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August 24, 2016
Photography by Google Self Driving Car Project
Change is a’coming and it will revolutionise the way we get around. The development of driverless cars has gathered pace in recent years and it’s looking increasingly likely that, before too long, such vehicles will be a fixture on our roads. So what will the rise of driverless vehicles mean for society? And more importantly, of course, for cyclists?
The author of the following article works in transport policy and has more than 10 years experience in the field. He is also a keen racing cyclist. He has asked to remain anonymous as he is a government employee.
The owner-operated passenger car is on the way out, to be gradually replaced by the driverless vehicle. Many reports suggest early versions of the technology are advanced and that we’ll be seeing driverless cars on the road in years, rather than decades.
There are still a lot of sceptics when it comes to driverless vehicles, with some people unsure why they should surrender control of the steering wheel, or what chaos awaits them on the roads if they do.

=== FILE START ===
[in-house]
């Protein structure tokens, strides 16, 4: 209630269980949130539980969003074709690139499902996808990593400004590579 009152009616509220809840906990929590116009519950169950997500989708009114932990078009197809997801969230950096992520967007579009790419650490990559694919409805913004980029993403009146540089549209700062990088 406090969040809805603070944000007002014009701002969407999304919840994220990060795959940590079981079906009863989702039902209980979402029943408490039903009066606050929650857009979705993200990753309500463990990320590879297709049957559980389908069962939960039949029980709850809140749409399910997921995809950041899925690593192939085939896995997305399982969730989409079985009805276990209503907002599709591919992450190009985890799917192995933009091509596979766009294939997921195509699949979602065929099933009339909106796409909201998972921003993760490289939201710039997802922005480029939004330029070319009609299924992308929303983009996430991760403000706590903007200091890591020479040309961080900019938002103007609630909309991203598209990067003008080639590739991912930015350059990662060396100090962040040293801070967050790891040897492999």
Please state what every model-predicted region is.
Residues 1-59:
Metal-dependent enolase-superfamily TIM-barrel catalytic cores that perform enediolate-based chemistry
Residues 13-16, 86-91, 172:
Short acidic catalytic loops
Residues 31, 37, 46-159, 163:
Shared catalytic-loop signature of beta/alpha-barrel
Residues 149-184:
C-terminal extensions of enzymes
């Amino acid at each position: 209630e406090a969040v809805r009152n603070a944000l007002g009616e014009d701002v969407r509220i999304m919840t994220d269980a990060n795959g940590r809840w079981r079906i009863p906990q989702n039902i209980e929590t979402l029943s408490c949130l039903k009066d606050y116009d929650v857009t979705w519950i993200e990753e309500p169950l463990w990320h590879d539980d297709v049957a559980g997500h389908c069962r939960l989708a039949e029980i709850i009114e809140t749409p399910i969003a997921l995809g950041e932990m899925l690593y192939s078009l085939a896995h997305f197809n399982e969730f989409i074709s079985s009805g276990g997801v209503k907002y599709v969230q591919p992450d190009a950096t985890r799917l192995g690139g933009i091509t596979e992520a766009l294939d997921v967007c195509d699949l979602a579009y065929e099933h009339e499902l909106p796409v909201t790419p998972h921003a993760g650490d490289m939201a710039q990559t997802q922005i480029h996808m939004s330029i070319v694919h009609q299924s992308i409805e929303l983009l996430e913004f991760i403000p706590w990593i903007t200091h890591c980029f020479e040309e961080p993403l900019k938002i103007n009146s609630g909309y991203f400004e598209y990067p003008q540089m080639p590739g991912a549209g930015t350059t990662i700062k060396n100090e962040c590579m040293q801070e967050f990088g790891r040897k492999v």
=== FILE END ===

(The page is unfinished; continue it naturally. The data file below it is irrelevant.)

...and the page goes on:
It’s natural that people focus on the immediate changes: being able to divert your attention away from the car’s controls and the road. But there are other changes that will have an even greater impact.
Mass-produced cars for private sale revolutionised transport in the 20th century. People could travel when and where they wanted as never before. For many, driving was an activity in itself. We fell in love with the automobile.
In more recent times, that relationship has faltered. As the novelty of motoring wore off, the road toll became a major public health and safety issue.
Today’s roads are congested, finding a parking spot is often difficult and for many, driving has become a burden. It’s quicker and easier to ride a bicycle on many urban trips than to drive.